Living Without a Car – a retrospective

To be honest my “Living Without a Car” journal has become a bit mundane and as result I am only recording extraordinary events, or occasionally ones that make me smile. Take last week when my wife Fiona offered to give me a lift to our local station (Yarm) on a…

To be honest my “Living Without a Car” journal has become a bit mundane and as result I am only recording extraordinary events, or occasionally ones that make me smile.

Take last week when my wife Fiona offered to give me a lift to our local station (Yarm) on a very cold wet morning.  The station is only 1.5 miles from my home so it only takes 5 minutes by car. I’m a bit of a worrier so we got in the car 20 minutes before the train and my wife tried the ignition – nothing happened.  Switched off and on a number of times and still nothing – was the battery dead? No, all the lights were on….  but nobody was in!

Repeated the exercise a few times but not a sausage! – and only 12 minutes left before the train.  I had an important meeting to get to at our HQ in Hull so there was no time to mess about – “I’m getting my bike out” I declared and jumped out of the car.

I rapidly assembled the fold-up bike and cycled off with adrenalin driving me on – 8 minutes left!  The road to the station dips significantly and to my horror I saw a flooded road ahead – undaunted I selected the 3rd gear and pedalled with all my might, lifting both legs in the air as I coasted through the flood – just made it through before I lost momentum.  Made the station just in time to retrieve my pre-booked ticket from the machine and jumped on board – panic over but very hot and bothered.

Fiona gave up on the car and took our dog for a walk when she noticed a black flat cap in the gutter (yes it was mine) – dried out OK but it’s a little bit tighter than it used to be.

Fast forward to the next week:

I decided to head for Hull the night before along with my dog (Marley) as Fiona was going on a girls’ away day in York and didn’t want to leave the dog alone.  She took me to the station on Sunday evening to make the last train to York at 20.55.  All went pretty well with sufficient time at York for ‘hoppy’ refreshment in the York Tap.  The dog was loving it…. as you can see!

Arrived at my Hull Flat around 11pm and hit the sack.

Monday morning I went into my office and my mobile phone rang – who had changed my ring tone?….  and why am I ringing myself?  Oh dear, I must have picked my wife’s phone up when I got out of the car, nightmare!  Had an annoying week (as did my wife) answering calls for one-another and trying to explain what had happened…..  not to mention the WhatsApp messages  “Why have you given a wave to Jane Ackroyd” she asked argghhh!! – because we went to Junior School together!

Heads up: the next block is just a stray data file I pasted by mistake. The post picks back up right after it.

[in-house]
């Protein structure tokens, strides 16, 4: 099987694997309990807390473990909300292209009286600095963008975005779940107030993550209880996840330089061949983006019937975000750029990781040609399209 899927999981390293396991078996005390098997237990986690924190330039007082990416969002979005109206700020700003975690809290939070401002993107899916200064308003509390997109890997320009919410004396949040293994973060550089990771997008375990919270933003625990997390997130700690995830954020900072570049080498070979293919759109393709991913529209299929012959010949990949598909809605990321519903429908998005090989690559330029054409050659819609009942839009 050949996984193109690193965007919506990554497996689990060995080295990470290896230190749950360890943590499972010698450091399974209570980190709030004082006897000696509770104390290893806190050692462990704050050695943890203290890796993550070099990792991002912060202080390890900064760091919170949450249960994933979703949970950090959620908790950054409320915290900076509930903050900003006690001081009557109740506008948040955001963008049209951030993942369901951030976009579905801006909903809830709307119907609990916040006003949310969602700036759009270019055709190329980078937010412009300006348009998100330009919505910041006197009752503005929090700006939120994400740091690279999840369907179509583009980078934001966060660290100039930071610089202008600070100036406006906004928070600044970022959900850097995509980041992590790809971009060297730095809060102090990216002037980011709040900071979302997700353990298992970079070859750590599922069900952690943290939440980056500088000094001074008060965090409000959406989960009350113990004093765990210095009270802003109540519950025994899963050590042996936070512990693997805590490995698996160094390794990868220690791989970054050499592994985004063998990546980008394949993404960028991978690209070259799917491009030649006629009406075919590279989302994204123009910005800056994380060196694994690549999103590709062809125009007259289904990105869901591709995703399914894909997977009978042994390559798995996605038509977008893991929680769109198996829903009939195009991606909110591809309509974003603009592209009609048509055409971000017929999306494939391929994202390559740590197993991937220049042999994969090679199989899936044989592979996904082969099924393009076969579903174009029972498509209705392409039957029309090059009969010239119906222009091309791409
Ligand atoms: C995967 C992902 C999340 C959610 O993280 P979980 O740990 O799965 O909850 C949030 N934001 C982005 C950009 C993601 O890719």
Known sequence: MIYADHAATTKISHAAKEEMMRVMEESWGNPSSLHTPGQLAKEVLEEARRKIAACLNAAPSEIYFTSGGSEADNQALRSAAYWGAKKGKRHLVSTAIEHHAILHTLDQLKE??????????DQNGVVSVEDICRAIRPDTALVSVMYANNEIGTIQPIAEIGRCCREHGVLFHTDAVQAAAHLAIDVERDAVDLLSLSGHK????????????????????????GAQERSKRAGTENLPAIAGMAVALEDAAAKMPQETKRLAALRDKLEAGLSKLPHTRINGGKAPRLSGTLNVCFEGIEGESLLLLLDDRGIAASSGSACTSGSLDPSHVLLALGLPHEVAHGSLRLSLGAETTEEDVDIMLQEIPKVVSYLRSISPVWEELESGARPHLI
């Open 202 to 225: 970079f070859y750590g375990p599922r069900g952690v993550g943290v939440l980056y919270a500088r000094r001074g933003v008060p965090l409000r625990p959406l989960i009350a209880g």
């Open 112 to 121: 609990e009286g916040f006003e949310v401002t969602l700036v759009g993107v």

Anyway, back to the travel thing – I have been analysing my spend on public transport compared with running my car, and it’s quite interesting.

In the year before giving up my car my costs were:

Fuel:                  £2,584 (av/mth £215)

Car Lease:         £7,050 (av/mth £587)

Train Fares:      £2,504 (av/mth £209)

Parking:            £133     (av/mth £11)

Total                  £12,271 per annum

Car Free (5 months, annualised):

Fold-up Bike    £350 cost (no maintenance as yet)

Train Fares:      £2,670 (av/mth £222.50)

Parking:            £0

Total:                 £3,020 per annum

Interestingly my train costs are only marginally higher (although train fares have increased since I went carless); and, having a Senior Bus Pass, I get that service for free – and I make the most of it!

The other thing I observe on trains is passive fraud (and the opportunity for it) that seems to be pretty common.

People who board the train and ignore the ticket inspectors request “any more tickets that haven’t been checked?”.  You can spot the dodgers who look for where the inspector is on the train, pop in the loo until he has passed and head to the other end of the train.  I saw a ticket inspector eyeball one the other day and he gave me a wink.  The lad had moved down to the last carriage as the train came into his station and the inspector spotted him and intercepted him on the platform – the lad said he would have bought one if the ticket inspector had been there and proffered him a £20 note. The inspector had no change (the lad knew it) so he had to let him go with a good telling off saying he would be watching out for him next time – probably water off a ducks back!

The other thing is the opportunity for passive fraud on open return tickets – many of the inspectors just look at them and don’t mark them with the date, meaning that they can be used a number of times – could easily be solved by tightening up procedure.

Would I go back to having a car?…..  I don’t think so.  On the whole it has been a pretty good experience that has taken some of the stress out of my life.

If a problem occurs I just roll with it and take the view that if I can’t do anything about the situation, it’s not worth worrying about.  Whereas in a car the tension and frustration just grows because you have no idea of how long the delay will be – at least on the train you are kept reasonably informed and the Delay-Repay option (which I always take advantage of) is reasonable compensation.

By the way, did you know that our Delay-Check service is the most advanced delay-repay system on the market!

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